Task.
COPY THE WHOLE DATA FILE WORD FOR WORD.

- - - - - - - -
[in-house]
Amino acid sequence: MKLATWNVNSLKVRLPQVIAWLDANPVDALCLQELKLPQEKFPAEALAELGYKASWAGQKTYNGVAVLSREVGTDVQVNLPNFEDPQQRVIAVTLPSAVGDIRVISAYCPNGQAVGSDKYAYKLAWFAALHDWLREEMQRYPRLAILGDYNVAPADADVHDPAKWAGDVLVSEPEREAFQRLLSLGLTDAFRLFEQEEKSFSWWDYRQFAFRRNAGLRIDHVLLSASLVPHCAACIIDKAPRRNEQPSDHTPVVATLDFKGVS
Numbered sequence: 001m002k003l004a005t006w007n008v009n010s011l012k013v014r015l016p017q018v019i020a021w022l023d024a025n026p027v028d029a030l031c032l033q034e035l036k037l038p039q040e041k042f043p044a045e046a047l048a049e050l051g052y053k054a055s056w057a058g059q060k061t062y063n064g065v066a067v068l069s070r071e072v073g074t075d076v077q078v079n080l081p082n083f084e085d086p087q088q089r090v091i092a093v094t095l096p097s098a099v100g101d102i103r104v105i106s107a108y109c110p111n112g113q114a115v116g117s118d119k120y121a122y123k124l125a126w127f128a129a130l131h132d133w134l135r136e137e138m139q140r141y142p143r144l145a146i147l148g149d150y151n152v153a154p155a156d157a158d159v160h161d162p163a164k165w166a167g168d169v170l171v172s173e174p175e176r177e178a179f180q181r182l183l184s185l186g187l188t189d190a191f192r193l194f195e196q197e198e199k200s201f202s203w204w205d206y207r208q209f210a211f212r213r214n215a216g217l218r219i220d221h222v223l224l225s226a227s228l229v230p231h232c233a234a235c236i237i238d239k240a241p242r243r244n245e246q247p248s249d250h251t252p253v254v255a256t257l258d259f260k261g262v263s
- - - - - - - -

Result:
[in-house]
Amino acid sequence: MKLATWNVNSLKVRLPQVIAWLDANPVDALCLQELKLPQEKFPAEALAELGYKASWAGQKTYNGVAVLSREVGTDVQVNLPNFEDPQQRVIAVTLPSAVGDIRVISAYCPNGQAVGSDKYAYKLAWFAALHDWLREEMQRYPRLAILGDYNVAPADADVHDPAKWAGDVLVSEPEREAFQRLLSLGLTDAFRLFEQEEKSFSWWDYRQFAFRRNAGLRIDHVLLSASLVPHCAACIIDKAPRRNEQPSDHTPVVATLDFKGVS
Numbered sequence: 001m002k003l004a005t006w007n008v009n010s011l012k013v014r015l016p017q018v019i020a021w022l023d024a025n026p027v028d029a030l031c032l033q034e035l036k037l038p039q040e041k042f043p044a045e046a047l048a049e050l051g052y053k054a055s056w057a058g059q060k061t062y063n064g065v066a067v068l069s070r071e072v073g074t075d076v077q078v079n080l081p082n083f084e085d086p087q088q089r090v091i092a093v094t095l096p097s098a099v100g101d102i103r104v105i106s107a108y109c110p111n112g113q114a115v116g117s118d119k120y121a122y123k124l125a126w127f128a129a130l131h132d133w134l135r136e137e138m139q140r141y142p143r144l145a146i147l148g149d150y151n152v153a154p155a156d157a158d159v160h161d162p163a164k165w166a167g168d169v170l171v172s173e174p175e176r177e178a179f180q181r182l183l184s185l186g187l188t189d190a191f192r193l194f195e196q197e198e199k200s201f202s203w204w205d206y207r208q209f210a211f212r213r214n215a216g217l218r219i220d221h222v223l224l225s226a227s228l229v230p231h232c233a234a235c236i237i238d239k240a241p242r243r244n245e246q247p248s249d250h251t252p253v254v255a256t257l258d259f260k261g262v263s